4. Hitting the Wall
The New York-based newspaper publisher said Wednesday it will stop charging for online access to its columnists and news archives. The move came two years to the day after the Times rolled out a widely questioned plan to charge $50 annually for those features as part of an offering called TimesSelect.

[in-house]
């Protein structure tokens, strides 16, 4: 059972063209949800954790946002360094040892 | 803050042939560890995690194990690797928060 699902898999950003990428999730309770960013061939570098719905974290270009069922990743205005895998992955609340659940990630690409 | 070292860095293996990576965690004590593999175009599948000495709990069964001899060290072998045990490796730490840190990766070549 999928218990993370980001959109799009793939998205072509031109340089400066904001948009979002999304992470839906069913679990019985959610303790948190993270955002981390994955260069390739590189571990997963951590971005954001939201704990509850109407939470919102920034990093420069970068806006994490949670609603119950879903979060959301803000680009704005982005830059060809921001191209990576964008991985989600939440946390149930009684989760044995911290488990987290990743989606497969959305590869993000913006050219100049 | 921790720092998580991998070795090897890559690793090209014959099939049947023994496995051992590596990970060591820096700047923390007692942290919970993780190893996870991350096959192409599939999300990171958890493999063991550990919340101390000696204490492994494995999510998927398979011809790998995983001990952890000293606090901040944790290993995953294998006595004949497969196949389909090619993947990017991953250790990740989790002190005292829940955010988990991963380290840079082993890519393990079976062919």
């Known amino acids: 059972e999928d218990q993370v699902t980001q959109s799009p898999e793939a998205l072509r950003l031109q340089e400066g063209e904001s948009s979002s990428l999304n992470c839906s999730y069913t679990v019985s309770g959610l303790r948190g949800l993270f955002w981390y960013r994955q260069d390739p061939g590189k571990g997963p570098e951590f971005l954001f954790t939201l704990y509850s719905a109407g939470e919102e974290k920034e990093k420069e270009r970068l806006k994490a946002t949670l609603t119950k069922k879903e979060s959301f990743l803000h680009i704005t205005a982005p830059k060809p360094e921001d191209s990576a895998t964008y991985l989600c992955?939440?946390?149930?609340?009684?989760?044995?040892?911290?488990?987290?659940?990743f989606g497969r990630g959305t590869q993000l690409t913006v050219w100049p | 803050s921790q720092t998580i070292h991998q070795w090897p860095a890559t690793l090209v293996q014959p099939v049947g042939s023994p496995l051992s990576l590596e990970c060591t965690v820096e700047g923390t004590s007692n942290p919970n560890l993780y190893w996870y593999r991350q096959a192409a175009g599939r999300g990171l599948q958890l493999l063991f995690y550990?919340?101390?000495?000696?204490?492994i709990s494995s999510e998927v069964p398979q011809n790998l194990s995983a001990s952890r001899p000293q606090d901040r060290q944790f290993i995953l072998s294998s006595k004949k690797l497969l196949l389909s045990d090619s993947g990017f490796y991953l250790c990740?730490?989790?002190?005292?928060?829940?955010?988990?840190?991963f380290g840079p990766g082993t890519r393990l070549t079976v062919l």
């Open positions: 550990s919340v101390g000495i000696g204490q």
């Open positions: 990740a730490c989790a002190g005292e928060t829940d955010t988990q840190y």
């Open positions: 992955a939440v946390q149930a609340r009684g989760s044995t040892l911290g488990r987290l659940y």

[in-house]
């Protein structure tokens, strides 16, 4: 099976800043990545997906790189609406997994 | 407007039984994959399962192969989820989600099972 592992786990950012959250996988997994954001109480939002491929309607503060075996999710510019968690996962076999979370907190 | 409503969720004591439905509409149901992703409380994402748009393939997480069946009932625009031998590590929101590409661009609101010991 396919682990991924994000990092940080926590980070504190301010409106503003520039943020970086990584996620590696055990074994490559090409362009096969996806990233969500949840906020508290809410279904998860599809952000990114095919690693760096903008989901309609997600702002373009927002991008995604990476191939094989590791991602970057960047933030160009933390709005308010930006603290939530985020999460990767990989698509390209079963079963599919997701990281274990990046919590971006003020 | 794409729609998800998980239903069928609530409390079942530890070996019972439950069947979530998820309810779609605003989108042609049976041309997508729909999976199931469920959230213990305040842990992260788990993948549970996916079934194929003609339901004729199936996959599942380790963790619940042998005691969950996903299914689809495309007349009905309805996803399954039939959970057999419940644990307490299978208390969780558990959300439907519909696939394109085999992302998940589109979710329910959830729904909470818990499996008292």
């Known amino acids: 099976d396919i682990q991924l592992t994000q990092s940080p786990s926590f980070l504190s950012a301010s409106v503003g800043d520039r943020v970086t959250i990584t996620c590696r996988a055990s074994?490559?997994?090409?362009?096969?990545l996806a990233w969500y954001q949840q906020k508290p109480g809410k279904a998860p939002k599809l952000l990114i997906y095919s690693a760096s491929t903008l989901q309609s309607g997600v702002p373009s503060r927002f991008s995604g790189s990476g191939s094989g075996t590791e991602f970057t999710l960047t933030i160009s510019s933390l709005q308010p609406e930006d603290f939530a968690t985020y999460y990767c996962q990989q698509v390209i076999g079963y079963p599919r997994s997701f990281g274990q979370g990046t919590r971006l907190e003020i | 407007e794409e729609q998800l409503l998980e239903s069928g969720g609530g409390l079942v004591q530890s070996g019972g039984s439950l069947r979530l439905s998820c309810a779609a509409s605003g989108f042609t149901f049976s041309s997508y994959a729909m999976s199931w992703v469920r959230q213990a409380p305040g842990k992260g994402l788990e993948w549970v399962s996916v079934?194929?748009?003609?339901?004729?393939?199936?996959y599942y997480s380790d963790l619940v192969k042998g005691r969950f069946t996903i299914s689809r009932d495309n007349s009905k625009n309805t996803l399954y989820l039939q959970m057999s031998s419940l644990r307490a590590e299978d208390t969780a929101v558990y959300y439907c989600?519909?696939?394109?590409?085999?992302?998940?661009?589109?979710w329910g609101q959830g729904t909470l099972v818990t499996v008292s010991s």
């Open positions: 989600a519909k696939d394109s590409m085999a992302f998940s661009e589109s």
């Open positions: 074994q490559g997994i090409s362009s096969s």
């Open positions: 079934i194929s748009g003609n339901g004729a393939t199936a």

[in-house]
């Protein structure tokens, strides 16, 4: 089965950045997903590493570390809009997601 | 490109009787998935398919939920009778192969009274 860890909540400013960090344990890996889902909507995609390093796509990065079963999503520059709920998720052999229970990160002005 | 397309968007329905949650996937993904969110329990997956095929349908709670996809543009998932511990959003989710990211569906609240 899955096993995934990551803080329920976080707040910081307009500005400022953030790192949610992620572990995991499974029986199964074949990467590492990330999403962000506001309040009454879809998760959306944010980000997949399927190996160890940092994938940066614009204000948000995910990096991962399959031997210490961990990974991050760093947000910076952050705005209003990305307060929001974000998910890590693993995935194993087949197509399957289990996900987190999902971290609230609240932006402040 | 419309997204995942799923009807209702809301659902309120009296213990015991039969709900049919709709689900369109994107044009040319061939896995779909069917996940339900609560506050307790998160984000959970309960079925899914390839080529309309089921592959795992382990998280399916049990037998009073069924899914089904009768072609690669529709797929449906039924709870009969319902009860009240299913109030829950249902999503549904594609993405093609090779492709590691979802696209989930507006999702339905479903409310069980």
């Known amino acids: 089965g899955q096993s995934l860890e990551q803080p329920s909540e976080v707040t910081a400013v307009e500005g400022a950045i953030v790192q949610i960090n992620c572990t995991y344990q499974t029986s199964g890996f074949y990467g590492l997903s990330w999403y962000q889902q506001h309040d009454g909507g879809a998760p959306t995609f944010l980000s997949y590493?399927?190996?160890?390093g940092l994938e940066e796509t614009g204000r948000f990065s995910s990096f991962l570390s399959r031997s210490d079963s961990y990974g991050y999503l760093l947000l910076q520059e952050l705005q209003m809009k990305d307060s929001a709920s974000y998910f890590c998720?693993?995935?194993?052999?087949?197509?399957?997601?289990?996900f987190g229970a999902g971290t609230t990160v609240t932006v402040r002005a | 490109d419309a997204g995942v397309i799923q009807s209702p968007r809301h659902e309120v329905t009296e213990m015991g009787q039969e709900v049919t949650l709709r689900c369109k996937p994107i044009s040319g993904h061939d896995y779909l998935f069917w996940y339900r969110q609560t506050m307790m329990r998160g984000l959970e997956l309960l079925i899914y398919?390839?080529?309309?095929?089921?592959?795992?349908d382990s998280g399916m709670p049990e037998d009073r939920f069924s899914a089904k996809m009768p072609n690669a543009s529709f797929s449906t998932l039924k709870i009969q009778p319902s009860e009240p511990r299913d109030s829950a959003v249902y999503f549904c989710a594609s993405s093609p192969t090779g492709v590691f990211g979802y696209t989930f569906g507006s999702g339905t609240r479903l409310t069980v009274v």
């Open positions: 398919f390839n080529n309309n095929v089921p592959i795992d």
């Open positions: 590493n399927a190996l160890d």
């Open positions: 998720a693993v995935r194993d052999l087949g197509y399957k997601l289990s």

Some skeptics wondered at the time whether the Times would succeed in getting readers to pay for columns, though the company brushed off those worries."This is a great new product," the company said back in September 2005. "TimesSelect provides our readers with unique access to some of the newspaper's most influential and popular columnists as well as a way for members to communicate with the columnists. It also opens the door to one of the world's most extensive newspaper archives in an affordable way." Many readers declined to open the door, however. The Times said TimesSelect "certainly met and exceeded our goals," but the paid subscriber rolls flattened out this year at around 227,000. The company, which has been hit hard by a downturn in newspaper advertising, concluded it risked surrendering valuable online ad revenue by continuing the service. But it's not that trying TimesSelect was a mistake. No, just as rolling out TimesSelect was an exciting and uplifting moment, so was consigning the little-used service to the scrap heap. "Advertisers see the enormous value in making our site open and free to everyone," the company said Wednesday. "With the removal of the pay wall, the audience potential at NYTimes.com, already the No. 1 newspaper Web site in the United States, is vast." As is the opportunity for more mealy-mouthed corporate-speak. Dumb-o-Meter score: 82. "Because of online users' growing reliance on search in order to navigate the Web," a statement said Wednesday, "NYTimes.com expects to see a substantially increased number of unique users referred to and accessing the site once the pay wall is gone."